Technology 8 min read

Disrupt SF 2017 Startup Battlefield Finalists and Winner Part 2

TechCrunch |

TechCrunch |

TechCrunch’s annual tech event that was held in San Francisco ended with a boom yesterday, following the announcement of the Disrupt SF 2017 Startup Battlefield winner!

From thousands of potential candidates from around the world, down to 22 top innovators that were hand-picked by TechCrunch to compete for the Disrupt SF 2017 Startup Battlefield–the battle is finally over and the best startup company has been chosen!

But, before we extend our congratulations to the most promising contender who took home the Startup Battlefield Cup and the $50,000 USD prize money, let’s take a look at the profiles of the two other finalists who made this year’s cut.

As a continuation of Edgy Labs’ coverage of this year’s TechCrunch Disrupt event, here are the remaining finalists together with the battlefield champion!

#DisruptSF2017 was over and the Startup Battlefield champion has been chosen!Click To Tweet

Disrupt SF 2017 Startup Battlefield Finalists


The California-based Matic is an insurance services provider who wants to make the process of finding the right homeowner’s insurance easier and more efficient. To do this, Matic’s solution is to use technology to simplify the process while personalizing the customer’s experience of receiving quotes and recommendations.

According to its CEO, Aaron Schiff, the experience of buying his first home influenced him to build the company.

“It was a stressful experience for me, as it is for most people.”

“I went through the process thinking it should be easy, but it wasn’t – it was brutal. Then two days before closing, they told me to get homeowner’s insurance,” Schiff explained.

Furthermore, Schiff also found out through his friend, Benjamin Madick, that the delays related to obtaining homeowner’s insurance were also affecting lenders huge sum of money.

“[Madick] was doing an audit on a lender and they were losing about $30,000 a month because they weren’t closing their loans on time, all due to extension fees caused by homeowner’s insurance,” says Schiff.

These issues eventually led to the creation of Matic, “a system that would integrate with insurance carriers and lenders to provide homeowner’s insurance during the mortgage process.”

According to Matic, a person could get a policy, which usually takes 2 to 3 days on average to be processed, in as little as 2 to 3 minutes through their system. Plus, instead of answering numerous irrelevant questions, the only questions customers have to answer are those that they know, like if they filed a claim before or if they have pets.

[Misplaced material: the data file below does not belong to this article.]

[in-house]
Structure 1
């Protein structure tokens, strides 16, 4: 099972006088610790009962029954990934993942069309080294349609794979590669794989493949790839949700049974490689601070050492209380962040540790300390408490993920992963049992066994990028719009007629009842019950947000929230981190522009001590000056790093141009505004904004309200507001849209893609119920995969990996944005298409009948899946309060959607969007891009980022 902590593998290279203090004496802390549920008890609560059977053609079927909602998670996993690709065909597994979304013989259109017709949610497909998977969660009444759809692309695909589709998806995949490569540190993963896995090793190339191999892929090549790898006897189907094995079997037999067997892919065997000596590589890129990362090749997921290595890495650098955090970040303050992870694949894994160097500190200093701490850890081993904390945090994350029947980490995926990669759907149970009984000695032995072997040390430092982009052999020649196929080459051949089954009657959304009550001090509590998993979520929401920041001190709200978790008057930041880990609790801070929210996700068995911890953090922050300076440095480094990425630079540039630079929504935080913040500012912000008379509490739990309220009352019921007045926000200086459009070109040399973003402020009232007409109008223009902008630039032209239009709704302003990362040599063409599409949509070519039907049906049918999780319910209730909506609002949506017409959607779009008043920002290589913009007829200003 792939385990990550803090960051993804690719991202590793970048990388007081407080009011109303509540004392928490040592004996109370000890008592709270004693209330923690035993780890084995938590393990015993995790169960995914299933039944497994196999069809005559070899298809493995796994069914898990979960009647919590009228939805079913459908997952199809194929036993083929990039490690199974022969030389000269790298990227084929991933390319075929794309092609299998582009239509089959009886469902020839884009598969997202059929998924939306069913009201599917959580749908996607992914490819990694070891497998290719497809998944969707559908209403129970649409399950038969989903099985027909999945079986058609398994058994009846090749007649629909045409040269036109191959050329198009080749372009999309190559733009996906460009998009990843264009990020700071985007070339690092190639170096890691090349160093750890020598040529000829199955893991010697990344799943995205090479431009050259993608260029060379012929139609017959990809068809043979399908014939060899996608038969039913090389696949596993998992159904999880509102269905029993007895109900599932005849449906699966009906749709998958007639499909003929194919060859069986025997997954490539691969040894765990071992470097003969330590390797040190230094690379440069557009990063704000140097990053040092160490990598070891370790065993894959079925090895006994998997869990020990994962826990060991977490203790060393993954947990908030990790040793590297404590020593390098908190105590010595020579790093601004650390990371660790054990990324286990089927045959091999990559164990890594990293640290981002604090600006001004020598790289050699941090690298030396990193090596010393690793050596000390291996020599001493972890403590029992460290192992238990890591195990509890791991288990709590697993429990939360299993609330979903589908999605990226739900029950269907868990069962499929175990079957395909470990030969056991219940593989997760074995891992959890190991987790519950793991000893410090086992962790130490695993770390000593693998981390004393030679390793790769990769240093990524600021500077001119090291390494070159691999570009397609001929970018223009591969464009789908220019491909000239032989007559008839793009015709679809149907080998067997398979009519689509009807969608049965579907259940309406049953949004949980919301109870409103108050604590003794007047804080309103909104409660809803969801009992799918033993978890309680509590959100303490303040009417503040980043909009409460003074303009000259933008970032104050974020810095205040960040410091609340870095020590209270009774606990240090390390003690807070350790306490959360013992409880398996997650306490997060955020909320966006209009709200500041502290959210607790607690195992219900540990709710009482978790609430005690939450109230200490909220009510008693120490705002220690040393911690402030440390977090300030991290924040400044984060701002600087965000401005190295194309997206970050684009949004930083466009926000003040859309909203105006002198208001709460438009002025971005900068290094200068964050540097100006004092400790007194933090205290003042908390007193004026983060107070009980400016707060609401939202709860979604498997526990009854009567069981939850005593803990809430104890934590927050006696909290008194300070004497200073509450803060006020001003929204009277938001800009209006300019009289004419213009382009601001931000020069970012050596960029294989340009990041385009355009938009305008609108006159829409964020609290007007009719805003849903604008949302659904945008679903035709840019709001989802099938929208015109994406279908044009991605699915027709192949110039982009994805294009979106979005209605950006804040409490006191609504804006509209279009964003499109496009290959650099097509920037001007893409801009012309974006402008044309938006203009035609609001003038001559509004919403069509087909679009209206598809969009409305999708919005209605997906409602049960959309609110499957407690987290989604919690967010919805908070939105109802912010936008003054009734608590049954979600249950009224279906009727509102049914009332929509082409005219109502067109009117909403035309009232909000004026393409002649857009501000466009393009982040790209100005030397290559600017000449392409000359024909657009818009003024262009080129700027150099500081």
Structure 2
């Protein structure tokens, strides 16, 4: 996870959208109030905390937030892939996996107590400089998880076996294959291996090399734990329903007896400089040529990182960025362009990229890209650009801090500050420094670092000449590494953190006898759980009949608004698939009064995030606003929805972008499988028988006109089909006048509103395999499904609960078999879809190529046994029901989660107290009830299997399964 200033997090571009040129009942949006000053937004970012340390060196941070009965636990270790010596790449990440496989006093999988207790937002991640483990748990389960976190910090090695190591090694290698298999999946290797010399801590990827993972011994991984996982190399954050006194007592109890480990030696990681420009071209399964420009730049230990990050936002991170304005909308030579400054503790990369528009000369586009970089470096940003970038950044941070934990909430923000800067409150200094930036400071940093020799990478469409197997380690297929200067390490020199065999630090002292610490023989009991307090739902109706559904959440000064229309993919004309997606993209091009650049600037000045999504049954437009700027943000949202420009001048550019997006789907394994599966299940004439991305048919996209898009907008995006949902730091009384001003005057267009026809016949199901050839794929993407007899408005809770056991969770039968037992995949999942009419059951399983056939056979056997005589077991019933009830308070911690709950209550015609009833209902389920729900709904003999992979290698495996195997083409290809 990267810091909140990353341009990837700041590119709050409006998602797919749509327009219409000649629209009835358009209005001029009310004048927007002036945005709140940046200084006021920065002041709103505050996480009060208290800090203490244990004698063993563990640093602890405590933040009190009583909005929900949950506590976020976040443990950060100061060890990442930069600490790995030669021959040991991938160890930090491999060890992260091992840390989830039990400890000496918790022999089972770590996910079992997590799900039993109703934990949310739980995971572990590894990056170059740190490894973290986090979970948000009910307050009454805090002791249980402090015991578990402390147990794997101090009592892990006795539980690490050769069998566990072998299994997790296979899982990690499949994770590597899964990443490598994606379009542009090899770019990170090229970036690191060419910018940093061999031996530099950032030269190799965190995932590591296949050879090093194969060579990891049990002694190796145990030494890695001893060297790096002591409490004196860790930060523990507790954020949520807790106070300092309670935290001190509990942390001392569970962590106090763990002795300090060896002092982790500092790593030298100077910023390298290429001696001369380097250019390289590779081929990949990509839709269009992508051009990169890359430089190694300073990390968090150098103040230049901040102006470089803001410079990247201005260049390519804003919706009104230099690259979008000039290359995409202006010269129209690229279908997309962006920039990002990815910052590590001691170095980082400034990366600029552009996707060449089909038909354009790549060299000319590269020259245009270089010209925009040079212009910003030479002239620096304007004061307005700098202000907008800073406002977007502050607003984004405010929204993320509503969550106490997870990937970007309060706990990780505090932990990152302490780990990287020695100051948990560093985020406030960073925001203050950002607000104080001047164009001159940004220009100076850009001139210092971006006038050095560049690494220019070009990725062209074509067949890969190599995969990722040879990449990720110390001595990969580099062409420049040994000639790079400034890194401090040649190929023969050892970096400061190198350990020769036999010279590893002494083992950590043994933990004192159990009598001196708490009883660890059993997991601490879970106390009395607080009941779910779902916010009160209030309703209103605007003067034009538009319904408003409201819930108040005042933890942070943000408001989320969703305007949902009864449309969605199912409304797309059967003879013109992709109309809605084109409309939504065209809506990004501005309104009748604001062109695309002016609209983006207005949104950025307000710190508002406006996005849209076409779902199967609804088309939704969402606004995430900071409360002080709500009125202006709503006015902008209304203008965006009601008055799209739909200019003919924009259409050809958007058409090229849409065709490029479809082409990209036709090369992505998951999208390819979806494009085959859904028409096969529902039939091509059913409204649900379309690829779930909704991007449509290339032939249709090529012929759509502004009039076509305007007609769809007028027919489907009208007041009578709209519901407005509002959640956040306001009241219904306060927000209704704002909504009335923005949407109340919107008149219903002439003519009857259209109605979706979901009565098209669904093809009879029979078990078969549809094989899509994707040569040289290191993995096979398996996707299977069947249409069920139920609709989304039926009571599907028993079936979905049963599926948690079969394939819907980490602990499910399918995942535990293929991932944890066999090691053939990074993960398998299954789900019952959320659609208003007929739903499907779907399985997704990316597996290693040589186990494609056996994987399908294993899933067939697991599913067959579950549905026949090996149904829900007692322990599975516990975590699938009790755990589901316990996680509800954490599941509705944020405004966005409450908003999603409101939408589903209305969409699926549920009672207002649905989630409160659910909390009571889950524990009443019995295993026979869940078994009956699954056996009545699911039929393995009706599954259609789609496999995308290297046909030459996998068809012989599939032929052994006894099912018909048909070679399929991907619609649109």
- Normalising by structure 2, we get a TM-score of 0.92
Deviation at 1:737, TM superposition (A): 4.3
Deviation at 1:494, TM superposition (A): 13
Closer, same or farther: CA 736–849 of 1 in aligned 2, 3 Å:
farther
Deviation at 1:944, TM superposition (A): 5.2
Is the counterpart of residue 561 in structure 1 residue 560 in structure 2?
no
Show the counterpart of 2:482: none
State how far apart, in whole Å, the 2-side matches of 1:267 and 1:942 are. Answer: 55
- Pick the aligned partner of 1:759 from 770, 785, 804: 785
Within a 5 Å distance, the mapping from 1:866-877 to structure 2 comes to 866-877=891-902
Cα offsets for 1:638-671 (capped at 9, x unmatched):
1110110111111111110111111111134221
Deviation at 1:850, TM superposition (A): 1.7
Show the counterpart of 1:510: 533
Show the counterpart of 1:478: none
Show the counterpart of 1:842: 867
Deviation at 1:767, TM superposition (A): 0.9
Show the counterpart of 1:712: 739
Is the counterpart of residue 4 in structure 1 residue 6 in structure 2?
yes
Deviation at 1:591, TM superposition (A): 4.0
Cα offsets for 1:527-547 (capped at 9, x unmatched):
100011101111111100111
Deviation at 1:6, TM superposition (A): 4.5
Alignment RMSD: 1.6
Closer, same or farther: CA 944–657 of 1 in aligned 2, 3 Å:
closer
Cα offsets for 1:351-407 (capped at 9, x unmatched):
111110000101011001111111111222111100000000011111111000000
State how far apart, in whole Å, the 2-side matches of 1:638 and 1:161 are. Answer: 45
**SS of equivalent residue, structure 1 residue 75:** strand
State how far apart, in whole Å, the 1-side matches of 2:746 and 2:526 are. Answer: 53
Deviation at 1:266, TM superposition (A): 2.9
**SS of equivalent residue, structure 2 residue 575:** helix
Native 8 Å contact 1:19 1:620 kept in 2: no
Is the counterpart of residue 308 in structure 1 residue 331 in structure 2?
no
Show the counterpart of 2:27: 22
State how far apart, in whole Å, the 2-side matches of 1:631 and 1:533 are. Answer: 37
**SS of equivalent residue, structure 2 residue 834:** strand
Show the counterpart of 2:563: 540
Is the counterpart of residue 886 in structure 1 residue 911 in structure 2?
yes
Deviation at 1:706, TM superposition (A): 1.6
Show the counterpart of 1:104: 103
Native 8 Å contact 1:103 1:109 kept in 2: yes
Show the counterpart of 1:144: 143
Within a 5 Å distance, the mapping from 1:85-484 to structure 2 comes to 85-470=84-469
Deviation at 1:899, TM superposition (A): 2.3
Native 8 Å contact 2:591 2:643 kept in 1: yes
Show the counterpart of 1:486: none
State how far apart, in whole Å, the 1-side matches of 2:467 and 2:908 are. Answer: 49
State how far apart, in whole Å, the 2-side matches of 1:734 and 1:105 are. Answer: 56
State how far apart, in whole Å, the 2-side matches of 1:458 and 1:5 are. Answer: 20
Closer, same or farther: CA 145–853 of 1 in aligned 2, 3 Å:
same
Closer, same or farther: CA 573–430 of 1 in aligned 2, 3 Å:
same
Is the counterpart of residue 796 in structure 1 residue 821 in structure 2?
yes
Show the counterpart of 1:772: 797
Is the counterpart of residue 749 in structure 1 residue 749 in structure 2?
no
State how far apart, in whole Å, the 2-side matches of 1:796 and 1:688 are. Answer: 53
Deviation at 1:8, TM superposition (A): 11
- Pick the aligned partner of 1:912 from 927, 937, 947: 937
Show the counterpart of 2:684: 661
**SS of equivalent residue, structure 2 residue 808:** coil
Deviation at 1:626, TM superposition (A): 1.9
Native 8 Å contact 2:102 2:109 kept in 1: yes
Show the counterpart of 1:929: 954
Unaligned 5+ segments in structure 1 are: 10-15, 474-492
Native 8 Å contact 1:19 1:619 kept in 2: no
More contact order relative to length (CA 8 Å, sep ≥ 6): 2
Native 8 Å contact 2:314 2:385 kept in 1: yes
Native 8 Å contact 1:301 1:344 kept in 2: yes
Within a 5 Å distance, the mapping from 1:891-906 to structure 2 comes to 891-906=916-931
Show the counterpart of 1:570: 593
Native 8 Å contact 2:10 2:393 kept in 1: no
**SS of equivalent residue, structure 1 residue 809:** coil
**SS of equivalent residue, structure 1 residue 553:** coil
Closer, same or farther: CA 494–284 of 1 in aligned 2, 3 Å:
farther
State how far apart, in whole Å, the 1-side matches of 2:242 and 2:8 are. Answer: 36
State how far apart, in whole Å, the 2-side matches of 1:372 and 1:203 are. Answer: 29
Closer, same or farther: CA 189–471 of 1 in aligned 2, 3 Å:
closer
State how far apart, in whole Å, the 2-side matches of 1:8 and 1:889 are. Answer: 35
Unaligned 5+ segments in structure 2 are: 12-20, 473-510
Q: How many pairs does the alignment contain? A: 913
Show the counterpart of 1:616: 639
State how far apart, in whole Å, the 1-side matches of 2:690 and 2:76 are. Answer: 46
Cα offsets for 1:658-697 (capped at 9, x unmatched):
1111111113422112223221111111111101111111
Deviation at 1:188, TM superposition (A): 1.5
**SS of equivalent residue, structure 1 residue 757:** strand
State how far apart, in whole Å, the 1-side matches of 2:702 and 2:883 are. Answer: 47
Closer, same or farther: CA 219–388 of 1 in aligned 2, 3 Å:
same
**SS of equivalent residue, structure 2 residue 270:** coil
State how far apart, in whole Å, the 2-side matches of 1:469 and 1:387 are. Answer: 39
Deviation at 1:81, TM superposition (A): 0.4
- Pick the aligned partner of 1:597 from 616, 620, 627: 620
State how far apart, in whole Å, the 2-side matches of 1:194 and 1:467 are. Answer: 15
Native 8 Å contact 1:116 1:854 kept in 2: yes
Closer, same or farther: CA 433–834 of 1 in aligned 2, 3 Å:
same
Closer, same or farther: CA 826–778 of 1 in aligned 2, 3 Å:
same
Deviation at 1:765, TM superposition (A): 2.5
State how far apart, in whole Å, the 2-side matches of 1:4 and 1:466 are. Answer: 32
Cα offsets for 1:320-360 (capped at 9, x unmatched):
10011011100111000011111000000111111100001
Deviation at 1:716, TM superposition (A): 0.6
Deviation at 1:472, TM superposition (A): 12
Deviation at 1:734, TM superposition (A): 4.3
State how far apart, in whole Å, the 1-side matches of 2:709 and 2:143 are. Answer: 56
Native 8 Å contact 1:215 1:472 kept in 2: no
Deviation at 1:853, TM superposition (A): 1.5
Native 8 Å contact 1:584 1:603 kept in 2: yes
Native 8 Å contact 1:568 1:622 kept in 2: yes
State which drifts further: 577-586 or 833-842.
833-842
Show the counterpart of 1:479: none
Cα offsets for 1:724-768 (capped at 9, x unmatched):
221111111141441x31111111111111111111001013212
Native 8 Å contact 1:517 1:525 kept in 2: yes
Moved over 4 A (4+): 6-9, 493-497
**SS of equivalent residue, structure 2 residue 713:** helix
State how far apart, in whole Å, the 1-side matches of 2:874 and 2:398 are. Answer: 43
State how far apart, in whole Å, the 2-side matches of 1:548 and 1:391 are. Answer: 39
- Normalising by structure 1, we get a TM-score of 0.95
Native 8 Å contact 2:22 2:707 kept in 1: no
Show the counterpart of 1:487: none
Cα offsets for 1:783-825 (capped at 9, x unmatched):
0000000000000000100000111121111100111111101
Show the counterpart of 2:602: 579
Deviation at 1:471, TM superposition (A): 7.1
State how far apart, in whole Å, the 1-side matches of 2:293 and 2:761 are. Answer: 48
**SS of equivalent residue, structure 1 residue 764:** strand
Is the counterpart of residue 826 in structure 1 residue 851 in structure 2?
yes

After gathering all the necessary information, Matic will provide a home buyer with a personalized PDF containing its three top picks, with one being highlighted as what Matic thinks as the best option.

Right now, Matic is already working with ten insurance carriers which include National, Stillwater Insurance Group, Homeowners of America, Safeco Insurance, ASI, Foremost Insurance Group, State Auto Insurance Companies, ASI, and Velocity Risk Underwriters.


Onēva is the runner-up of the recently concluded Disrupt SF 2017 Startup Battlefield. This California-based startup enables employers to offer elder, infant and child care, as well as housecleaning and other in-home services as employee benefits.

According to an article published by TechCrunch about Onēva, all its providers’ backgrounds are FBI-verified. In addition to that, they have also gone through strict criminal background checks, reference checks, and ID verification.

Primarily, Onēva aims to bring the gig economy to the corporate world, minus all the risks of hiring unqualified or unvetted persons.

Since February of this year, Onēva has been working on its pilot program with Microsoft and according to its CEO, Anita Darden, the results have been staggering.

In a separate statement to TechCrunch, Microsoft’s Director of Supplier Diversity and Global Procurement, Fernando Hernandez said:

 “The fact that it’s being brought about by a woman, and a minority woman at that is pretty cool.”

Microsoft also confirmed that the new employee benefit has been popular and they are aiming to roll it out to all Microsoft employees in the future. Hernandez added:

“There’s a need for it in the market. Whether you’re at the young end and need childcare or at the other end looking at elder care or find yourself in that sandwich generation where you need both, the need is high.”